How does he carry that around? No problem, he answers. I had nightmares for a couple of weeks, but they were about my cousin dying alone in the street. I don't have any remorse.
Cuz calls and the Gringo is already laughing by the time he picks up the phone. They make plans to meet at a steakhouse so he can introduce me. Before the Gringo hangs up, he asks, Do you have any wash? Meaning lavada, the double-washed strawberry cocaine of the narcos. Great, bring me some. Yeah, I got the money.
A few more hours, a few more beers, and it's time to meet the boss. At the steakhouse they get a table in the back and shoot the shit until he shows up—a big guy with a small forehead and a Fred Flintstone jaw darkened by a five-o'clock shadow. His girlfriend is a green-eyed beauty with major cleavage and skintight leatherette pants. After some teasing about Cuz's Polish soccer jersey—I just bought it to go with my shoes; I didn't even look at the logo—the Gringo asks if he brought the wash. Cuz hands over a little plastic bag filled with white powder, and the Gringo turns aside to take a quick snort off the tip of Rigo's ignition key. Nobody saw me, did they? Cuz says, Yes, they saw you. He thinks it's funny.
After lunch we walk out of the restaurant with beers in our hands. A waitress stops us, so we chug down in the doorway and head for the car. Another bump off the ignition key for everyone and we're off, following Cuz's black SUV—leaving the safety of a public place, putting our lives in his hands. Adrenaline mixes with the cocaine, and every nerve is thrumming with a heightened sense of being alive. There's the club where I shot off the gun, Rigo says. There's the doorway where my cousin got killed.
Cuz leads us to a house in a suburban neighborhood with a pool and a bunch of attractive people drinking, an oddly domestic scene with a little kid running around the pool and five narcos huddling across the yard. There's a mountain party tonight, and they're partying here until it starts. The narcos slip outside to smoke a little dope, slip into the bathroom to snort the lavada. Cuz wants everyone to stay cool so they can make it to the mountain party tonight.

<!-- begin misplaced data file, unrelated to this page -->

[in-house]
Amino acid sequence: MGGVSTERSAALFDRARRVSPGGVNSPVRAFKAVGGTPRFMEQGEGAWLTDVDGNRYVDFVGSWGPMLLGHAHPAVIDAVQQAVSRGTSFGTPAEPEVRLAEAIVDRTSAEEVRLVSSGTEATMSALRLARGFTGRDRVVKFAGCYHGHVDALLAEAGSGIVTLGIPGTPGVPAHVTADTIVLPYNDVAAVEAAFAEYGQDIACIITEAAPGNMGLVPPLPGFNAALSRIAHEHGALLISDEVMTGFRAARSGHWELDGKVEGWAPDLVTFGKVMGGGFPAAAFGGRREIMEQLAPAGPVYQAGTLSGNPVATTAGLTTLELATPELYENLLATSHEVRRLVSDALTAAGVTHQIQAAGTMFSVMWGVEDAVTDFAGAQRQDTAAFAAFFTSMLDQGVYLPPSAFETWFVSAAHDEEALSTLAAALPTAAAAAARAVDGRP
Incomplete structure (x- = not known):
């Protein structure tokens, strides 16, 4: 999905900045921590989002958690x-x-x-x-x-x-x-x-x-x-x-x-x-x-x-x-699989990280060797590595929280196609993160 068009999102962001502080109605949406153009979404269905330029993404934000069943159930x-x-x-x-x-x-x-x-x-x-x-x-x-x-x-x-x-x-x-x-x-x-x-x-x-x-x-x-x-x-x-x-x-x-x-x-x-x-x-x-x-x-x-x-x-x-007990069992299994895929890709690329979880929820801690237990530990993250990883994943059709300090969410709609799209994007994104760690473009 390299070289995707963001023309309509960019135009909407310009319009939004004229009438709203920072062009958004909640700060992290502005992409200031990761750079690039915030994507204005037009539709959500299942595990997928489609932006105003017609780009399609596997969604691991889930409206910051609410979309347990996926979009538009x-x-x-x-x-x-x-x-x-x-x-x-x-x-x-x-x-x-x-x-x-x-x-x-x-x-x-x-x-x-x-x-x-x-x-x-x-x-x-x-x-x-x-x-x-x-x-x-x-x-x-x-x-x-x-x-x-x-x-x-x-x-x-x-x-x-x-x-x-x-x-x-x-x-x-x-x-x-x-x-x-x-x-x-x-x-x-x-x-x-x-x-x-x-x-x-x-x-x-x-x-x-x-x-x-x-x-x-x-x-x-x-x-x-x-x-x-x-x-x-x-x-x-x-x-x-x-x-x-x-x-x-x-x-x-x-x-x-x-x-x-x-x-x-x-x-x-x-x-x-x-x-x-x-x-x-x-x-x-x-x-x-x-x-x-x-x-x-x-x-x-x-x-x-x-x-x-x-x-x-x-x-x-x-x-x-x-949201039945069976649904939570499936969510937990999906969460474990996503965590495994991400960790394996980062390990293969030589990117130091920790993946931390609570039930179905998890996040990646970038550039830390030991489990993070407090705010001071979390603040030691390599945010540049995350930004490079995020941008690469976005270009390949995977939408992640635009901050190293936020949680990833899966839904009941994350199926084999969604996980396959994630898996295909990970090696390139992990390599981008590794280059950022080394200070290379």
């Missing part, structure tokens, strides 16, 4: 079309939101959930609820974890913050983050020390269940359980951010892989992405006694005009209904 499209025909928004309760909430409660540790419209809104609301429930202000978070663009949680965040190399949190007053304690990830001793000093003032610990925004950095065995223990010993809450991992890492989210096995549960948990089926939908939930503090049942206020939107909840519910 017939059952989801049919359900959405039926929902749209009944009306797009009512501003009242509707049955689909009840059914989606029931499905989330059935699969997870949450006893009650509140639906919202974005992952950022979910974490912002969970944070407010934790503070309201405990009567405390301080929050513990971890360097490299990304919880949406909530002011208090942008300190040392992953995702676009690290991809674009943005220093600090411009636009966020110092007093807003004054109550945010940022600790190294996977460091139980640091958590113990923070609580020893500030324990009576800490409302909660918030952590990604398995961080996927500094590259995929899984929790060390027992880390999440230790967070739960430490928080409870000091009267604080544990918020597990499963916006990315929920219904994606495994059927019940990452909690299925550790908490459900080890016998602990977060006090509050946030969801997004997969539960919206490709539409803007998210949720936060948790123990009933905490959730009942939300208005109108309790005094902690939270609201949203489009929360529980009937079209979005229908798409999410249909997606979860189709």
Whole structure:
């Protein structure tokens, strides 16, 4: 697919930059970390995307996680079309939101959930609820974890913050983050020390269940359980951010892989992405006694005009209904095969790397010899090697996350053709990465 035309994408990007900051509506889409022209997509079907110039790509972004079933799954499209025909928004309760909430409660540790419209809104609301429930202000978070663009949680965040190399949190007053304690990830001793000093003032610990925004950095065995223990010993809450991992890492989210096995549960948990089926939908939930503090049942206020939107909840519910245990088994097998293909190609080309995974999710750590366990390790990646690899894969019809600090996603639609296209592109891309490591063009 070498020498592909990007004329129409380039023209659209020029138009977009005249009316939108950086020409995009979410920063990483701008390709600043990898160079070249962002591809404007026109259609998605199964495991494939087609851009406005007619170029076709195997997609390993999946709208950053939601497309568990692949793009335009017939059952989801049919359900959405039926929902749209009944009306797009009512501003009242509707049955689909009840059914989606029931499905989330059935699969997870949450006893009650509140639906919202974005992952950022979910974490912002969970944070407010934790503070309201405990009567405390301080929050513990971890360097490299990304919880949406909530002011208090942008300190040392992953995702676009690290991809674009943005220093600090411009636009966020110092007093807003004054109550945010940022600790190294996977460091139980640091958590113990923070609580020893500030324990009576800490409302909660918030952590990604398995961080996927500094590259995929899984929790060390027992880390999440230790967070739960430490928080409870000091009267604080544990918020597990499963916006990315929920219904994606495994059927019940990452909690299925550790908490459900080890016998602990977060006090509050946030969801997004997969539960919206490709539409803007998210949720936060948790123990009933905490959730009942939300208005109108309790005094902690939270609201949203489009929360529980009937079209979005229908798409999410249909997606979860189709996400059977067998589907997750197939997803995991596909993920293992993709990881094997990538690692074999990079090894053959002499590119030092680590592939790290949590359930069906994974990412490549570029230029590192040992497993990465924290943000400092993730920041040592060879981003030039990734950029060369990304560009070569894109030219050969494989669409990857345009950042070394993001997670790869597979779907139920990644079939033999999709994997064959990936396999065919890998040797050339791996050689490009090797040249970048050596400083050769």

Standing behind his boss, the Gringo shakes his head—Please, God, no. Cuz always wants to hang out in the narco tent, and you're stuck out there in the middle of nowhere with all those guns—no thanks. But he doesn't say this to his boss.
Cuz doesn't take anything too seriously. His family is so rich, he says, that his older brother, the chosen one, is one of the five biggest landowners in Mexico. When Cuz's father dies, he'll inherit a fortune. So he keeps his business low-key, running the pill market in Guadalajara and on the coast. As long as he sticks to pills and avoids the cocaine and meth other families control, he's all right.
And El Gringo Loco? Why him? Was it his white skin? His brains? His twisted sense of humor?
He's my little brother, Cuz says.
After a couple of hours the Gringo, brimming with relief, says good-bye. Bro-hugs all around, plus promises to stay relatively straight and rise at dawn for the second phase of the mountain party—Cuz is a hard guy to say no to.